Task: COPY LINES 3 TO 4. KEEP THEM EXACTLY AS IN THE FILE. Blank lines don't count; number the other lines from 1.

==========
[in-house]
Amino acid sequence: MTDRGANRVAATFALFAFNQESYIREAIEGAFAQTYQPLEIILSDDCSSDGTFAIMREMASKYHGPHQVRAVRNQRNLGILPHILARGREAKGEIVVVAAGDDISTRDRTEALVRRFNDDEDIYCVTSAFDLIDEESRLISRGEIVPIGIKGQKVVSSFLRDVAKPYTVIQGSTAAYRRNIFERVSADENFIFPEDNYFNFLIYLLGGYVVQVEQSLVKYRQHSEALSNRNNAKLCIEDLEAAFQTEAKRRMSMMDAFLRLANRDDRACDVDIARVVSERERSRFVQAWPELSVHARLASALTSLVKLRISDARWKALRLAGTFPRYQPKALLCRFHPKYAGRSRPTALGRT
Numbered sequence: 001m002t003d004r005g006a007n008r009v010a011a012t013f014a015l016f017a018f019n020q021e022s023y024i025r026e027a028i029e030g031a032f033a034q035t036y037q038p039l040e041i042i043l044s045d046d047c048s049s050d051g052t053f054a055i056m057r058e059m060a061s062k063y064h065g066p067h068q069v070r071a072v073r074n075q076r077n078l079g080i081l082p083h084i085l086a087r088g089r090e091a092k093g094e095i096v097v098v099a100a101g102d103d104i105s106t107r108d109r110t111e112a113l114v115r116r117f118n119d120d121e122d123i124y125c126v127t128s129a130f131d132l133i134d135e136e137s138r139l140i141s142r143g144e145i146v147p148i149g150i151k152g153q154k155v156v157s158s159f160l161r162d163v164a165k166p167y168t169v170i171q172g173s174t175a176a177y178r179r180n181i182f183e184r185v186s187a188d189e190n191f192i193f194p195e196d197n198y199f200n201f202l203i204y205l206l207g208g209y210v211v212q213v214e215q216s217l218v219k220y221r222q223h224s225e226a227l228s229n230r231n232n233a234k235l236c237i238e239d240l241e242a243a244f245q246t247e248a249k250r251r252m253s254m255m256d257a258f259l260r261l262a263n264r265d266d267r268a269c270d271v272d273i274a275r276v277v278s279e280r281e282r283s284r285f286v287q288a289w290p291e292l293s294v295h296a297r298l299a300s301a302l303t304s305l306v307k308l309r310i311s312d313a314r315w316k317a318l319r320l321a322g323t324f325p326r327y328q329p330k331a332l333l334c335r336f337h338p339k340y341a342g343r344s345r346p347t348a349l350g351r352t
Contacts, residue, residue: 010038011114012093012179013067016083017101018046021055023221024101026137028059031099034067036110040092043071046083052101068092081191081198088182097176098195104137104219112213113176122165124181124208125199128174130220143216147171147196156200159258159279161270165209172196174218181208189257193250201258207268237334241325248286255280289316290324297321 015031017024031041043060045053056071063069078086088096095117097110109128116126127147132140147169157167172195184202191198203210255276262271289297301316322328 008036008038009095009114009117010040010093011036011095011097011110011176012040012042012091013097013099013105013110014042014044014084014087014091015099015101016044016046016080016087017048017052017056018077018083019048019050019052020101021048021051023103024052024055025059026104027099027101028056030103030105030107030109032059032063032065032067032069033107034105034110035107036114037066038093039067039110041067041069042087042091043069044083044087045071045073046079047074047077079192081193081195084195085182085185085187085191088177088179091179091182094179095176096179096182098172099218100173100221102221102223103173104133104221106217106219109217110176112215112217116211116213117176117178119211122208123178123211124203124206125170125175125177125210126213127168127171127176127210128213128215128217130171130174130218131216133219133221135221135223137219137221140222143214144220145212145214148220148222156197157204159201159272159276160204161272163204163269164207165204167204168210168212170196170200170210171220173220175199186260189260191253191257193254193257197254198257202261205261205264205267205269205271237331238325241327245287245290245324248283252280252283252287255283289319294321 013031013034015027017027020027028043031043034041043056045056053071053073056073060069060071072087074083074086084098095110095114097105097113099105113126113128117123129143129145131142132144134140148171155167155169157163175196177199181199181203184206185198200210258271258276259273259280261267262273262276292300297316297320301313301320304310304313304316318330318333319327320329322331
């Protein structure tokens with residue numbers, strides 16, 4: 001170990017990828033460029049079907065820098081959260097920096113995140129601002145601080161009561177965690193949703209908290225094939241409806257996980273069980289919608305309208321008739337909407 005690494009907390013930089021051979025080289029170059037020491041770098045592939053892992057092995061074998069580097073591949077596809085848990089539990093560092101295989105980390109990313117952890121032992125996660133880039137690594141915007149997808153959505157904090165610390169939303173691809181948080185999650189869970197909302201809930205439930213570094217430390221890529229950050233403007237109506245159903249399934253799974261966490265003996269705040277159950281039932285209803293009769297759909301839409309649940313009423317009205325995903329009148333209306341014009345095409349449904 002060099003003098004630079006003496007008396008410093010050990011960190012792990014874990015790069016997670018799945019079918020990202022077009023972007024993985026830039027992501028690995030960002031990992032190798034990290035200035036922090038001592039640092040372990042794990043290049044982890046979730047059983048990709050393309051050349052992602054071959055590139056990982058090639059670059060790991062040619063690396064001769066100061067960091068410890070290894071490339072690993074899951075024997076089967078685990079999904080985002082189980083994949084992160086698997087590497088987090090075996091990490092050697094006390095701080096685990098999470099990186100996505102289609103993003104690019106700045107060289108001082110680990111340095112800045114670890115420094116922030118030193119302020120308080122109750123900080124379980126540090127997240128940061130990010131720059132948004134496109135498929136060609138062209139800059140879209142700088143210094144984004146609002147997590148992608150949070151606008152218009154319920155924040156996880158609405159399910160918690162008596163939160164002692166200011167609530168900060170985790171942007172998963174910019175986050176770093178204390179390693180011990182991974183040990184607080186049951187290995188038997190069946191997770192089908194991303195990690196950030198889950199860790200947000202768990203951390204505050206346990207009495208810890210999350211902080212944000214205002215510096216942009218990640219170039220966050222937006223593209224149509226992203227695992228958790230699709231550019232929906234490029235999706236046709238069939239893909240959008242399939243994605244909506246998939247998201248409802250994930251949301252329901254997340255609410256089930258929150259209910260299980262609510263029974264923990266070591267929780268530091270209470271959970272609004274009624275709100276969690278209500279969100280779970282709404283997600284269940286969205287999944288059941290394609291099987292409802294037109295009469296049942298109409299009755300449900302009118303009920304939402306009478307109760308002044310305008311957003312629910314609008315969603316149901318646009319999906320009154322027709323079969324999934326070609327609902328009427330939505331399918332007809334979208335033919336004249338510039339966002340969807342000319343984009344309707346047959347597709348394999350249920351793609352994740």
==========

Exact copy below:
Numbered sequence: 001m002t003d004r005g006a007n008r009v010a011a012t013f014a015l016f017a018f019n020q021e022s023y024i025r026e027a028i029e030g031a032f033a034q035t036y037q038p039l040e041i042i043l044s045d046d047c048s049s050d051g052t053f054a055i056m057r058e059m060a061s062k063y064h065g066p067h068q069v070r071a072v073r074n075q076r077n078l079g080i081l082p083h084i085l086a087r088g089r090e091a092k093g094e095i096v097v098v099a100a101g102d103d104i105s106t107r108d109r110t111e112a113l114v115r116r117f118n119d120d121e122d123i124y125c126v127t128s129a130f131d132l133i134d135e136e137s138r139l140i141s142r143g144e145i146v147p148i149g150i151k152g153q154k155v156v157s158s159f160l161r162d163v164a165k166p167y168t169v170i171q172g173s174t175a176a177y178r179r180n181i182f183e184r185v186s187a188d189e190n191f192i193f194p195e196d197n198y199f200n201f202l203i204y205l206l207g208g209y210v211v212q213v214e215q216s217l218v219k220y221r222q223h224s225e226a227l228s229n230r231n232n233a234k235l236c237i238e239d240l241e242a243a244f245q246t247e248a249k250r251r252m253s254m255m256d257a258f259l260r261l262a263n264r265d266d267r268a269c270d271v272d273i274a275r276v277v278s279e280r281e282r283s284r285f286v287q288a289w290p291e292l293s294v295h296a297r298l299a300s301a302l303t304s305l306v307k308l309r310i311s312d313a314r315w316k317a318l319r320l321a322g323t324f325p326r327y328q329p330k331a332l333l334c335r336f337h338p339k340y341a342g343r344s345r346p347t348a349l350g351r352t
Contacts, residue, residue: 010038011114012093012179013067016083017101018046021055023221024101026137028059031099034067036110040092043071046083052101068092081191081198088182097176098195104137104219112213113176122165124181124208125199128174130220143216147171147196156200159258159279161270165209172196174218181208189257193250201258207268237334241325248286255280289316290324297321 015031017024031041043060045053056071063069078086088096095117097110109128116126127147132140147169157167172195184202191198203210255276262271289297301316322328 008036008038009095009114009117010040010093011036011095011097011110011176012040012042012091013097013099013105013110014042014044014084014087014091015099015101016044016046016080016087017048017052017056018077018083019048019050019052020101021048021051023103024052024055025059026104027099027101028056030103030105030107030109032059032063032065032067032069033107034105034110035107036114037066038093039067039110041067041069042087042091043069044083044087045071045073046079047074047077079192081193081195084195085182085185085187085191088177088179091179091182094179095176096179096182098172099218100173100221102221102223103173104133104221106217106219109217110176112215112217116211116213117176117178119211122208123178123211124203124206125170125175125177125210126213127168127171127176127210128213128215128217130171130174130218131216133219133221135221135223137219137221140222143214144220145212145214148220148222156197157204159201159272159276160204161272163204163269164207165204167204168210168212170196170200170210171220173220175199186260189260191253191257193254193257197254198257202261205261205264205267205269205271237331238325241327245287245290245324248283252280252283252287255283289319294321 013031013034015027017027020027028043031043034041043056045056053071053073056073060069060071072087074083074086084098095110095114097105097113099105113126113128117123129143129145131142132144134140148171155167155169157163175196177199181199181203184206185198200210258271258276259273259280261267262273262276292300297316297320301313301320304310304313304316318330318333319327320329322331